Winning road games in the ACC is difficult. One day you’re triumphantly taking down a conference opponent on its home court, and then you wake up and realize it has been 1,089 days, and counting, since your most recent ACC road victory.
Where does the time go, Wake Forest?
The Demon Deacons won at Virginia Tech on Jan. 22, 2014. And since? They’ve lost 25 consecutive road games in conference play, including a pair of 0-9 records on the road in the ACC in each of the past two seasons.
Wake Forest has taken road futility to new, miserable heights in recent seasons. But misery loves company, as the old saying goes, and the Demon Deacons certainly aren’t alone in their inability to win on the road. Especially this season.
It’s early, yet, only two weeks into conference play. If the current trend continues, though, this will be the worst year for ACC road teams since the conference became a 15-team league in time for the 2013-14 season. Through Sunday night, and Georgia Tech’s 86-76 victory at N.C. State, road teams were 12-25 in conference play.
If percentages are more your thing, road teams are winning about 30.5 percent of the time in the ACC. That’s the lowest percentage, by a pretty good margin, since the expansion to 15 teams. Granted, two weeks doesn’t provide a voluminous sample size.
But it’s large enough to show that the numbers don’t appear to be skewed. It’d be one thing, for instance, if Duke had lost one or even two road games. But the Blue Devils have lost all three times they’ve played on a conference opponent’s home floor.
N.C. State is 0-3 on the road, too. And regardless of what coach Mark Gottfried says, losing at Boston College – which is now 5-24 at home since 2013-14 – is a terrible loss, especially given the Wolfpack was attempting to show some life after a historically awful 51-point loss at North Carolina.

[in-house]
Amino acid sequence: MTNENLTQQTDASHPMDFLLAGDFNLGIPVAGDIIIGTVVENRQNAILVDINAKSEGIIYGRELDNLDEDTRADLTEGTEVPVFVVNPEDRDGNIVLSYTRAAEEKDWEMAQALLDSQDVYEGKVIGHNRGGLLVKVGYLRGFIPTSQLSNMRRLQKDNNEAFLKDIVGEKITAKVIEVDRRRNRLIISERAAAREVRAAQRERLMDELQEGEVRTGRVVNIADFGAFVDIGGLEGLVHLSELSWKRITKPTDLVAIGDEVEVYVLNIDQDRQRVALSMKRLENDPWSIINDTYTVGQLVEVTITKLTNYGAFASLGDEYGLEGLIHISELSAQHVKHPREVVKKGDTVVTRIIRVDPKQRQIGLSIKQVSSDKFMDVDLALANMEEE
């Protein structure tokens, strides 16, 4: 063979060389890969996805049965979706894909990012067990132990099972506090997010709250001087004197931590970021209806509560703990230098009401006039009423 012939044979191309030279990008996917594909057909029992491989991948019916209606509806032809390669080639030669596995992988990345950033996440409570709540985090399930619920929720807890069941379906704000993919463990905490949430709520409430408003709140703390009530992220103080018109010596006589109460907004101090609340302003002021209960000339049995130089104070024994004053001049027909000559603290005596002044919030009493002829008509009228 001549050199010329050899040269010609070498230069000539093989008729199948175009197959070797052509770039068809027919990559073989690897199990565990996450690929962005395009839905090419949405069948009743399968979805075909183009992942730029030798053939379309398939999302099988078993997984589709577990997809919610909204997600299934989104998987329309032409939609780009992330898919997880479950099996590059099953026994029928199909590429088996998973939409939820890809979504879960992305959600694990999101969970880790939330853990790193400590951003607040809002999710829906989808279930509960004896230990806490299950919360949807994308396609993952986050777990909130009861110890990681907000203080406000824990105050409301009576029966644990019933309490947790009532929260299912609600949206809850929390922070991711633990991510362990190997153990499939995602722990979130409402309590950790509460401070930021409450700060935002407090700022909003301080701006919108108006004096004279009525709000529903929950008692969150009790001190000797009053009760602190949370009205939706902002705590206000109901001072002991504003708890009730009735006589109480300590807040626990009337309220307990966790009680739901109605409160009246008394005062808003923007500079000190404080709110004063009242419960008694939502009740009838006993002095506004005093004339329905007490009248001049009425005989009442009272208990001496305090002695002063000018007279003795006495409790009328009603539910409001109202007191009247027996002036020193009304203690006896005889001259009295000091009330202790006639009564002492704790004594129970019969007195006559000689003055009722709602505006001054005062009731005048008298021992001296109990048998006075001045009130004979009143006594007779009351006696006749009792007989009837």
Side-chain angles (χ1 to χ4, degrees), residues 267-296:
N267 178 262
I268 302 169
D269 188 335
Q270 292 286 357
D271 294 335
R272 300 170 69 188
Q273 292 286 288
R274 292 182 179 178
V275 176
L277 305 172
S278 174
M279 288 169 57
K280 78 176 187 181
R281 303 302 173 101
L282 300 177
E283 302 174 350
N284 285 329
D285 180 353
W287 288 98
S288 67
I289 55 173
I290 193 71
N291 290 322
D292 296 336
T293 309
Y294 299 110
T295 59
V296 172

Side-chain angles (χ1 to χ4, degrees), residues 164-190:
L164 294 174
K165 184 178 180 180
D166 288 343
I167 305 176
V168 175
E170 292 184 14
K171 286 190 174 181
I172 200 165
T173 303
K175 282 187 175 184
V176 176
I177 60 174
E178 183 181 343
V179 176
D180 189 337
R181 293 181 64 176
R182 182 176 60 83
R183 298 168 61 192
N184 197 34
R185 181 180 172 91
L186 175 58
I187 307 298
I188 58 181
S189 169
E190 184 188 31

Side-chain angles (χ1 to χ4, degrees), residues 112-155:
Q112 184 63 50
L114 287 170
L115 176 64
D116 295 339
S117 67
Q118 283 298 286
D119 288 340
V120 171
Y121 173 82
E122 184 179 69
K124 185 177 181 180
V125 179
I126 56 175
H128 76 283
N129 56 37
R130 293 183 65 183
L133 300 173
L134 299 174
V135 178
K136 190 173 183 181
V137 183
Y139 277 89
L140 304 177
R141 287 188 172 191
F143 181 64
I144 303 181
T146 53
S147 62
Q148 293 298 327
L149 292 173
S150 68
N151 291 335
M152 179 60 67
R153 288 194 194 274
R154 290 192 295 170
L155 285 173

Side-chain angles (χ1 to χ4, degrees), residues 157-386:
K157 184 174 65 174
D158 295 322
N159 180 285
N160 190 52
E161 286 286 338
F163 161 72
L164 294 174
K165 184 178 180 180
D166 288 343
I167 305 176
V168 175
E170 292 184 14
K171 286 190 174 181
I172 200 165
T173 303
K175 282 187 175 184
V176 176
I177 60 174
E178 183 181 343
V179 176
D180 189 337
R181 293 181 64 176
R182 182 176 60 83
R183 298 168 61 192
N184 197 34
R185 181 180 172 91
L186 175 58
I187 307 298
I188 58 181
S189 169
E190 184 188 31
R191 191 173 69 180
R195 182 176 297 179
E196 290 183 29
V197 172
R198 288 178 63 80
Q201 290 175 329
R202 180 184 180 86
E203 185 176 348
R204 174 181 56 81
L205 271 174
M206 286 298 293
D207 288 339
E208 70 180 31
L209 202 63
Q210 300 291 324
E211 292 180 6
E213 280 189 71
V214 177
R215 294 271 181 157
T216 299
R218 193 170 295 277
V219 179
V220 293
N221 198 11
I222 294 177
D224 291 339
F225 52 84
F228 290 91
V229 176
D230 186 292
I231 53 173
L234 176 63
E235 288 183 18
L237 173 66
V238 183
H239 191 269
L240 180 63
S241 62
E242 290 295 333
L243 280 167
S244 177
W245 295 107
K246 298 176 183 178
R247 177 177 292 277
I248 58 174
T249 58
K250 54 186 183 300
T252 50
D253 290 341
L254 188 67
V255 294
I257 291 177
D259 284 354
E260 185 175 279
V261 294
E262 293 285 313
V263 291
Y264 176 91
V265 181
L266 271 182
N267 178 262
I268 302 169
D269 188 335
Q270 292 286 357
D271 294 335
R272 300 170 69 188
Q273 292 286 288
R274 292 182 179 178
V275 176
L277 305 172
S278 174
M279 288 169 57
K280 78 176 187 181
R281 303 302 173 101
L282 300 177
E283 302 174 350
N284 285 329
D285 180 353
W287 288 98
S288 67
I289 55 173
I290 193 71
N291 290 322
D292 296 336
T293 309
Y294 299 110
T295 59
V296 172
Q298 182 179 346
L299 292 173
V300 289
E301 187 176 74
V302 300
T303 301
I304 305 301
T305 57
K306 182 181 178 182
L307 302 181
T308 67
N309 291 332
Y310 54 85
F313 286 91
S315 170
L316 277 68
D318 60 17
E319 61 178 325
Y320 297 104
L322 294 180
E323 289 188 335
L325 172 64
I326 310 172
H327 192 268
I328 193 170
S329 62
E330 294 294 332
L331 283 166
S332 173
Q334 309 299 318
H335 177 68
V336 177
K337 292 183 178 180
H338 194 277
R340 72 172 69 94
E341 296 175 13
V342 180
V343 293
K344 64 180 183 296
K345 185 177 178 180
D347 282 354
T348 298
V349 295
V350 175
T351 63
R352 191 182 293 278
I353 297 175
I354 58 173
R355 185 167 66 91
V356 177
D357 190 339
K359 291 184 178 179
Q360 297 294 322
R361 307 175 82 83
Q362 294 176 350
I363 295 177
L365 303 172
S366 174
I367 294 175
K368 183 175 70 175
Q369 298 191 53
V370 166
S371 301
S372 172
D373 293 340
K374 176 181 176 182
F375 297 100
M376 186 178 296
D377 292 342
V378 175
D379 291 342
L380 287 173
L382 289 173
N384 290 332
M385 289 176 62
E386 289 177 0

Speaking of the Tar Heels, don’t forget about their debacle of a road performance, too – which came in a 13-point defeat at Georgia Tech on New Year’s Eve. Then UNC needed overtime to win at Clemson, which hoped to ascend to the ACC’s upper echelon but is instead 1-4 after losing against Virginia.
The Cavaliers have lost but two home games since 2014. One of them came earlier this month against Florida State, which looked like it might be the ACC’s best team. Until, that is, the Seminoles lost 96-83 at UNC on Saturday.
Two weeks into conference play, and three of the ACC’s 15 teams have winning records on the road. UNC is 2-1, same as Virginia. Notre Dame, which is 3-0 on the road 5-0 in the ACC overall, is alone in first place, after a 76-71 victory at Virginia Tech on Saturday.
You might think: Yeah, well it’s early. Teams will find more success on the road.
And maybe that’s true. Last season, though, only two teams finished with winning road records in ACC play: North Carolina (6-3) and Duke (5-4). All five of Miami’s conference losses a year ago were on the road. Same thing with all five of Virginia’s ACC defeats.
Louisville lost six ACC games, five on the road. Notre Dame lost seven ACC games, five on the road.